Versatility and growth: these are qualities we search for and praise in artists. However, there are a few music makers who stick to a distinct and largely unchanging style, but nevertheless continue to enthrall. Something about what they have to offer, no matter how predictable, continues to draw listeners in, to move them, and to leave them eager for more.
Heize is one such artist. She’s back with the mini album Lyricist–it is filled with graceful, often whimsical songs that pack a devastatingly melancholy punch. Which is to say, it is a very Heize-like Heize album. It is also tiny, even by mini album standards, containing five tracks that run just under fifteen minutes. However, the wistful spell Lyricist casts makes it seem much longer. The songs blend smoothly one into the next, creating a singular dreamlike musical experience. This effect is shared by several of Heize’s previous mini albums, particularly 2019’s Late Autumn. It feels fitting then that Lyricist, like Late Autumn and Heize’s full-length album She’s Fine, ends with a short instrumental track. “Not to see you again.” showcases an unexpected but elegant combination of piano and soft electric guitar. It is a lovely outro for Lyricist, gently bidding you to leave Heize’s realm and return to reality.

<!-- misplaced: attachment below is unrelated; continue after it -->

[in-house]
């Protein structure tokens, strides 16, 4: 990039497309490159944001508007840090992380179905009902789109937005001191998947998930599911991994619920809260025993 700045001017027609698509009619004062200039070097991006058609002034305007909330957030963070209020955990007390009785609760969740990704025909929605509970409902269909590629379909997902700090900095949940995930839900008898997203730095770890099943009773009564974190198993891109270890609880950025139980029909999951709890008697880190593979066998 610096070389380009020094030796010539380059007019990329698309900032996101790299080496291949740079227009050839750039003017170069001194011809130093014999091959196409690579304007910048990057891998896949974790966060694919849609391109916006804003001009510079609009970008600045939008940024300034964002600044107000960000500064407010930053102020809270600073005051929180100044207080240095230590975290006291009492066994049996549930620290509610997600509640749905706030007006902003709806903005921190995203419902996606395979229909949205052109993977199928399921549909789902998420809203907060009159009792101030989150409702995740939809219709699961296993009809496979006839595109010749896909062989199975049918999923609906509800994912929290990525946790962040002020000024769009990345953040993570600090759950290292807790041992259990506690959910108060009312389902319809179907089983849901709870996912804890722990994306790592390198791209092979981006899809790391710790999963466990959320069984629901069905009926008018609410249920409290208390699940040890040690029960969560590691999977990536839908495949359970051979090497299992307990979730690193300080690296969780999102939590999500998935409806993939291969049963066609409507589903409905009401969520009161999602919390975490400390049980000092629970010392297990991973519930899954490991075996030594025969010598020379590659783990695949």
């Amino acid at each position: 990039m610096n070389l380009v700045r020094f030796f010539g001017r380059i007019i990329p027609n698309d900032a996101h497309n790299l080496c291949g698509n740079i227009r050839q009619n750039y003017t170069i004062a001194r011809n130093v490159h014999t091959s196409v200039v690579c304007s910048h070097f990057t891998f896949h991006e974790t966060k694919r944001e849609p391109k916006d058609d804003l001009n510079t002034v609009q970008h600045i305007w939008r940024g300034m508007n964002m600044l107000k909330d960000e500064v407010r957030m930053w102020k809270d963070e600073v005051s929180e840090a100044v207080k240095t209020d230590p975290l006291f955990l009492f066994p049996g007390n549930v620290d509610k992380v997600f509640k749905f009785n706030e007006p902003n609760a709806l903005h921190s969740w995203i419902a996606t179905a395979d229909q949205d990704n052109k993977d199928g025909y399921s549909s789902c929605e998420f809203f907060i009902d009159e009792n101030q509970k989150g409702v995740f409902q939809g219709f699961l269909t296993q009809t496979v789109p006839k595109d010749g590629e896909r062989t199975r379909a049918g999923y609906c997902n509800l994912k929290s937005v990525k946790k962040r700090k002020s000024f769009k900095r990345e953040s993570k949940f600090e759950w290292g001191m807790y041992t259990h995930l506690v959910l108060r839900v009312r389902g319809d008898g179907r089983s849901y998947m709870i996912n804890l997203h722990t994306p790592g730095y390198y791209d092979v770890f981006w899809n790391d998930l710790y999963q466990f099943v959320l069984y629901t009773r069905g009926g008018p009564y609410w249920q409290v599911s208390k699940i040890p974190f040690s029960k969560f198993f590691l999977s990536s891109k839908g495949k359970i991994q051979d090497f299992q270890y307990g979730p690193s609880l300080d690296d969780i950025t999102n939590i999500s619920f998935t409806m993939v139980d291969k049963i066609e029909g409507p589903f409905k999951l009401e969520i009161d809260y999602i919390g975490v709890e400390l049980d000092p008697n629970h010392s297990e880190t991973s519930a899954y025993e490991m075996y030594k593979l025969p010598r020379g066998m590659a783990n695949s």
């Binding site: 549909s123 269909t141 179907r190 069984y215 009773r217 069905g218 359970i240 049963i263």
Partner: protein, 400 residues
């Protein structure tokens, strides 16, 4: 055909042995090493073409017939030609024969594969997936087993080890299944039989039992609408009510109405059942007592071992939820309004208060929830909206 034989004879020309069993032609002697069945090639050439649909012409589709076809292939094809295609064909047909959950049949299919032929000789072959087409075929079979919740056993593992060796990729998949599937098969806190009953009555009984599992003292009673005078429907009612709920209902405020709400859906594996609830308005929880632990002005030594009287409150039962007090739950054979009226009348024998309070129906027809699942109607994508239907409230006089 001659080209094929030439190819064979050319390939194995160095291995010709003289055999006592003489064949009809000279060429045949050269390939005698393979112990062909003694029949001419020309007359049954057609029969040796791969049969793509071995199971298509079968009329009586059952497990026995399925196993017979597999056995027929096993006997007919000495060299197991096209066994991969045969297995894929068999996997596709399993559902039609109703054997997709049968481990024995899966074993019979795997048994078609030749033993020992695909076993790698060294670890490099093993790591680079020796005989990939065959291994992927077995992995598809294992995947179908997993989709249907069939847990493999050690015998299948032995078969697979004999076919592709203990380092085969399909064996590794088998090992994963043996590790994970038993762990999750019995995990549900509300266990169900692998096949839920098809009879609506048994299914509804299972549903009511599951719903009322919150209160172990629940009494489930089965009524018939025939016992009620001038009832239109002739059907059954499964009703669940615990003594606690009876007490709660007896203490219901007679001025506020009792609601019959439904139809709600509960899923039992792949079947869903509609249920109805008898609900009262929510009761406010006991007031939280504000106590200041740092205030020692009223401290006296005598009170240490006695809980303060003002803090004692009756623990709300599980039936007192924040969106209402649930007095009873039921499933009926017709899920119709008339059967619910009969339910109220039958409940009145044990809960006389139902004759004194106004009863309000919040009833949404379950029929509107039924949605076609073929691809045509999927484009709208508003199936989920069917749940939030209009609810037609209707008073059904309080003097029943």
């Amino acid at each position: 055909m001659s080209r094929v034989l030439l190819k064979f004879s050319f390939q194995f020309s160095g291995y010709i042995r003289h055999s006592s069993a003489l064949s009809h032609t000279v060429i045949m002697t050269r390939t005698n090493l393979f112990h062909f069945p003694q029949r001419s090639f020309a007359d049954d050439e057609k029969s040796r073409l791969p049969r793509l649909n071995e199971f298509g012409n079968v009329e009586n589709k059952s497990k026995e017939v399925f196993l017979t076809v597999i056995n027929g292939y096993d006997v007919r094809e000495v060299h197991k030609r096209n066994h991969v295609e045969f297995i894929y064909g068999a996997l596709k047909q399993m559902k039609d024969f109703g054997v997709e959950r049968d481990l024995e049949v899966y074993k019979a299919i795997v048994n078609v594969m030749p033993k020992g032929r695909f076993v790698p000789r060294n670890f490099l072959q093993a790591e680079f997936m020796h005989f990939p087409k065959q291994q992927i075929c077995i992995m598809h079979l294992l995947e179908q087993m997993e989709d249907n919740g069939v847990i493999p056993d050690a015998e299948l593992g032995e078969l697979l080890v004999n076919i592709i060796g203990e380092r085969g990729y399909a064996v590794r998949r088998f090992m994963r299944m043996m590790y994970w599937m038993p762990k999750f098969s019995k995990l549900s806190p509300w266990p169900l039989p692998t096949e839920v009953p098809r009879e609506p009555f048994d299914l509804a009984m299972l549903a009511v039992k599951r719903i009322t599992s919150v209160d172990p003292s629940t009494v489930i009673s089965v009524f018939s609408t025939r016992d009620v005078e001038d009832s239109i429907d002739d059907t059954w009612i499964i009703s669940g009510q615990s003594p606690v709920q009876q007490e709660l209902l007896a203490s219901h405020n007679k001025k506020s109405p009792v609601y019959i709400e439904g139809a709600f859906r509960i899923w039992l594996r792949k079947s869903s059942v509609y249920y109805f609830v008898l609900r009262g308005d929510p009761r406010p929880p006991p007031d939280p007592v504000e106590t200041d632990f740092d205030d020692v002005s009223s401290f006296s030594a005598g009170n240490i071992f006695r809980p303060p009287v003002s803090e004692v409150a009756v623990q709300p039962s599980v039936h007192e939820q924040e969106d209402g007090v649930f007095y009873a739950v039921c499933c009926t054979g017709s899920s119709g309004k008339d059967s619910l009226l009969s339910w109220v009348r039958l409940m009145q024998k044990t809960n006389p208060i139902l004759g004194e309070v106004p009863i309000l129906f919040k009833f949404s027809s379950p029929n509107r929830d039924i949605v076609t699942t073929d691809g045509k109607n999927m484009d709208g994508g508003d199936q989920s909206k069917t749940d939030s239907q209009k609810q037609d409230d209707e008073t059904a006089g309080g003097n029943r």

Since “Not to see you again.” is a bite-sized exit door, that means the core of Lyricist is composed of four songs. Half of these are title tracks as, not for the first time, Heize is promoting two songs off this album. She even released a wonderfully evocative MV that combines “Things are going well” and “Lyricist”, which shares its title with the album itself. Despite being presented together, these two songs are notably different from each other.
In “Things are going well”, a simple beat and unobtrusive production allow Heize’s lilting, emotive voice to take center stage. It is a strategy she frequently employs to highlight her golden tone. “Things are going well” resembles several of Heize’s more sonically bright tracks, such as “No Reason” and “Jenga”. Like those songs, “Things are going well” has a compelling tonal mix of resilience and bitter sadness. Unfortunately, it is not as strong an effort as the previously mentioned tracks, and thus comes off like a song that’s been done before, and done better.
In contrast, “Lyricist” is the most distinctive track on the album. Its production is understatedly brilliant, drawing on jazz and bossa nova influences. The subtle use of electric guitar is pleasantly unexpected, as is the intriguing spoken word insert that is slipped into the instrumentation. This combination of sonic choices gives “Lyricist” the quality of being simultaneously classic and contemporary, a characteristic of many of Heize’s best works.
Fittingly, “Lyricist” is lyrically memorable. While the lyrics of the whole album are artfully done, most of the songs focus on familiar topics, like falling in or out of love. “Lyricist” sees Heize engage in an act of profound self-examination, providing a fascinating glance into the perspective of a songwriter. The track reads as a blunt confession, a sincere apology, and a merciless condemnation, all at once. At times, it seems like Heize is directing the whole thing at herself, the person who is the source and often the greatest victim of her songwriter’s calling, and its demand of radical honesty:
In my writing, I can’t protect you
Sometimes I think, it’s like I’m cursed